Border crossing simplified between the U.S. and Canada. BY H EATH E R STE I N B E RG E R
f you’re a frequent flier, chances are you’re already aware of the U.S. Transportation Security Administration’s “trusted traveler program” that expedites airport screening. The agency developed the program after acknowledging the one-size-fits-all approach is inefficient and creates unnecessary hardships. Boaters may not, however, be aware that a similar program now exists for those who frequently cross international borders with their vessels. U.S. Customs and Border Protection, part of the Department of Homeland Security, developed the voluntary Small Vessel Reporting System to expedite trusted boaters’ crossings into the United States. SVRS will be available in Florida, Puerto Rico, the U.S. Virgin Islands and, most significantly for Lakeland Boating readers, the Great Lakes. “We rolled it out about a year ago in Miami, our test area,” said Brian Bell, supervisory CBP officer and public affairs liaison at the Chicago field office. “Now we’re rolling it out nationwide.” Bell said SVRS should available in the Great Lakes by August. He also noted that CBP officers expected the heaviest use to be on Lake Erie. “Cleveland’s the hotbed!” he acknowledged with a laugh. “Canada’s an hour away, not two days away, like the Bahamas from Miami. So we’re expecting heavy usage, with a lot of recreational boaters and fishermen traveling back and forth. Lake Superior is probably going to be our No. 2.” Border-crossing boaters used to call the CBP office and ask where to meet officers for processing. As with mass airport-screening methods, Bell said that procedure wasn’t particularly helpful. “It was time-consuming for officers, but it also wasn’t fair to the boating community,” he explained. “Our job is to facilitate international travel, not make it harder.” With SVRS, international boaters register with CBP online to get expedited clearance for their U.S. arrival. The system is open to all U.S. citizens and permanent residents, as well as Canadian citizens, Canadian landed commonwealth residents and Canadian landed immigrants who hold certain documents. To participate, visit cbp.gov/svrs, fill out an online application and schedule a visit to your nearest enrollment center. CBP officers will vet applicants, a process that includes an in-person interview and checks against law-enforcement and anti-terrorism databases. There is no fee to apply; boat owners who are members of a CBP trusted traveler program can enroll without visiting an enrollment center. PHOTO COURTESY OF U.S. CUSTOMS AND BORDER PROTECTION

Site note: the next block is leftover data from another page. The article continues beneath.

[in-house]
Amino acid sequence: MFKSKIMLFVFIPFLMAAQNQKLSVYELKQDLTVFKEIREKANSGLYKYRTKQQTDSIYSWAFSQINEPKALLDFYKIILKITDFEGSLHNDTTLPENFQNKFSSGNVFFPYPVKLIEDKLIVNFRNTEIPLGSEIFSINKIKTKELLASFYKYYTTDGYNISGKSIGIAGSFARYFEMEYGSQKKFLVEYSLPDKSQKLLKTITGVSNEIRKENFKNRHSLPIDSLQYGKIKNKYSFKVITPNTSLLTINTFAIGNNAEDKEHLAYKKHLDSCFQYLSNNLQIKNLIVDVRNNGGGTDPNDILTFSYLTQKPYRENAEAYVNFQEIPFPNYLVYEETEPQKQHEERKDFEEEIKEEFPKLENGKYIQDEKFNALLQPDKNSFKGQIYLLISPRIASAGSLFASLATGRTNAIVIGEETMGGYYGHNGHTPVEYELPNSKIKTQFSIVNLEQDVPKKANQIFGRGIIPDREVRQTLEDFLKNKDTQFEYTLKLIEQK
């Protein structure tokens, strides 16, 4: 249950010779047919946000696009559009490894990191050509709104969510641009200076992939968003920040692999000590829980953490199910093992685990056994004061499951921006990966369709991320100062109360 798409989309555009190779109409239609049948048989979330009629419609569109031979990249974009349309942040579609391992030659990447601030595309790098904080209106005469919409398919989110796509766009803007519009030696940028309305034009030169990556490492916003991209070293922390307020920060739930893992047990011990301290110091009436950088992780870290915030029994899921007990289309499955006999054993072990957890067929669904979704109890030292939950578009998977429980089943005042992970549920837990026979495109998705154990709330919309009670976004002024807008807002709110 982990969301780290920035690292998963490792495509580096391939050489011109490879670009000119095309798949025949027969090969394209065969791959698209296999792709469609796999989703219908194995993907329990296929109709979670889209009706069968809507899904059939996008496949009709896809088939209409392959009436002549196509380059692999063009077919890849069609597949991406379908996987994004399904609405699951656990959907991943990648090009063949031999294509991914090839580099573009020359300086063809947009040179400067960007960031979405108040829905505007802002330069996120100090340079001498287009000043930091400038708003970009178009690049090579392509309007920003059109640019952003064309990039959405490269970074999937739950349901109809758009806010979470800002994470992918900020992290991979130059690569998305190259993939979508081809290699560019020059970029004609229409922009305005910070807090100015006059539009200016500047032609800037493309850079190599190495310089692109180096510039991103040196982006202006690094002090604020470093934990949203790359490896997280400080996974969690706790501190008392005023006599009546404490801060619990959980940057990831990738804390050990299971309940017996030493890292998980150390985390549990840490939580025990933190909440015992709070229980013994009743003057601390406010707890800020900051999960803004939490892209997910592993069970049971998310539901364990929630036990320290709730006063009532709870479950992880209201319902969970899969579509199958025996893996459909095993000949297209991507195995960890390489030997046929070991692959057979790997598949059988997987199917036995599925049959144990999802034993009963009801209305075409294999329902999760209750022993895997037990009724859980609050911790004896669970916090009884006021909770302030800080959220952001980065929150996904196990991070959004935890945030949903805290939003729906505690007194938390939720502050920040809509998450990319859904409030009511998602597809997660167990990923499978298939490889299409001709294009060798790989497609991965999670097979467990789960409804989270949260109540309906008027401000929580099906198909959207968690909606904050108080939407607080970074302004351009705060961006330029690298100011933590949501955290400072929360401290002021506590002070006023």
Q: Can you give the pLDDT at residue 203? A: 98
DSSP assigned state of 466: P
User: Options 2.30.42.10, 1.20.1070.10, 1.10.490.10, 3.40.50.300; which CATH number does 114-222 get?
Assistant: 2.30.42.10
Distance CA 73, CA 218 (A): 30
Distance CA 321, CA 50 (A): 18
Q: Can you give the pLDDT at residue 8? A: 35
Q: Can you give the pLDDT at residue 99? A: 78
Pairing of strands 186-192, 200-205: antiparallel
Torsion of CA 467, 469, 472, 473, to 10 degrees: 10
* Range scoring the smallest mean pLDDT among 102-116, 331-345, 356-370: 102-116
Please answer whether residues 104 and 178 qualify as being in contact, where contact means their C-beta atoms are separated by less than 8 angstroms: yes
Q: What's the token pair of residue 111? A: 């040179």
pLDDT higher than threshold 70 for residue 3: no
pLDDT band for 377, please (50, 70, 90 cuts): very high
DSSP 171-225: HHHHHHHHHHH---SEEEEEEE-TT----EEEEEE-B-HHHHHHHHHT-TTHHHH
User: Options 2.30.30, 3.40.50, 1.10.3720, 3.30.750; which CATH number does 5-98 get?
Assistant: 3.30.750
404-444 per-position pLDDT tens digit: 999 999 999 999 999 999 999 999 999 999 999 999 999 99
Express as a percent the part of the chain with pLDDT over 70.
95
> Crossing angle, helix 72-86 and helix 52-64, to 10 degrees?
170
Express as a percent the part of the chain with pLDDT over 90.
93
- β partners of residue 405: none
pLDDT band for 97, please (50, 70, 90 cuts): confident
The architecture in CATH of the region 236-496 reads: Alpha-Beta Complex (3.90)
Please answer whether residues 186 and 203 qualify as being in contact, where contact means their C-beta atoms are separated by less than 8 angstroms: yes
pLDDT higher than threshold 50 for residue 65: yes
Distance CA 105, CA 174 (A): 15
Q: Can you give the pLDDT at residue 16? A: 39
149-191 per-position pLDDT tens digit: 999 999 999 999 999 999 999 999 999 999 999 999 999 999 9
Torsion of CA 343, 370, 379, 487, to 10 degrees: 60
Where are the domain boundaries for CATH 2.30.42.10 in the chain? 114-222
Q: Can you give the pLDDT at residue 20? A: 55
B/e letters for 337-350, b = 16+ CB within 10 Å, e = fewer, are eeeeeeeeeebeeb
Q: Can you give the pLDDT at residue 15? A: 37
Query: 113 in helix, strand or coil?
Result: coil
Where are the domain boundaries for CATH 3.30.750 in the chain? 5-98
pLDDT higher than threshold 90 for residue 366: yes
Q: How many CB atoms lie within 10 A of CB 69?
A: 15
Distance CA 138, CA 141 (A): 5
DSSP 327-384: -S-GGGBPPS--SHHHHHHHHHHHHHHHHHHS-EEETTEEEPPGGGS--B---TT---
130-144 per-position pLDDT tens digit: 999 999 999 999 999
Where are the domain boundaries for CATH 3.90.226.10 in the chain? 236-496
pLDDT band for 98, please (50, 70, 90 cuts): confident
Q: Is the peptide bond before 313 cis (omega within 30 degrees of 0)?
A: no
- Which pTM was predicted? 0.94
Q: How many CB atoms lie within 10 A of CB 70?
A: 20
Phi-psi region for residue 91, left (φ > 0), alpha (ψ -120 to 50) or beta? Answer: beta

“Once you’re enrolled, all you have to do is fill out a simple float plan before you depart,” Bell said. “Just say, ‘I’m going to dinner in Canada and this is when I’ll be back!’” When arriving in the U.S., the captain will call CBP at the nearest Port of Entry with his or her float plan identification number, answer a few questions and receive clearance. Bell acknowledged that fishing is a key recreational and commercial pursuit on both sides of the border. “As far as the U.S. government is concerned, if you anchor in Canadian waters, you haven’t left the U.S.,” he advised. “It’s only an issue if you’ve gone ashore or come in contact with a foreign vessel. The last thing we want to do is seize someone’s boat because they went to dinner!” Bell said SVRS will benefit everyone in the long run. Enrolled boaters will find crossing the border to be a more hassle-free experience. And CBP officers can focus efforts on noncompliant boaters, smugglers and potential terrorists. “Our job is to make sure people with harmful intent don’t enter the United States,” he said. “After all, it would be very easy to blend in, especially on a beautiful Saturday out on the lake. But we want to make entering the U.S. as easy as possible for everyone else.”
U.S. Customs & Border Protection’s new Small Vessel Reporting System (SVRS) will make border crossings easier for trusted boaters. SVRS will be available in the Great Lakes late this summer, and CBP anticipates the heaviest use to be on lakes Erie and Superior.
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The Voice of the Great Lakes: Huron, Ontario, Michigan, Erie and Superior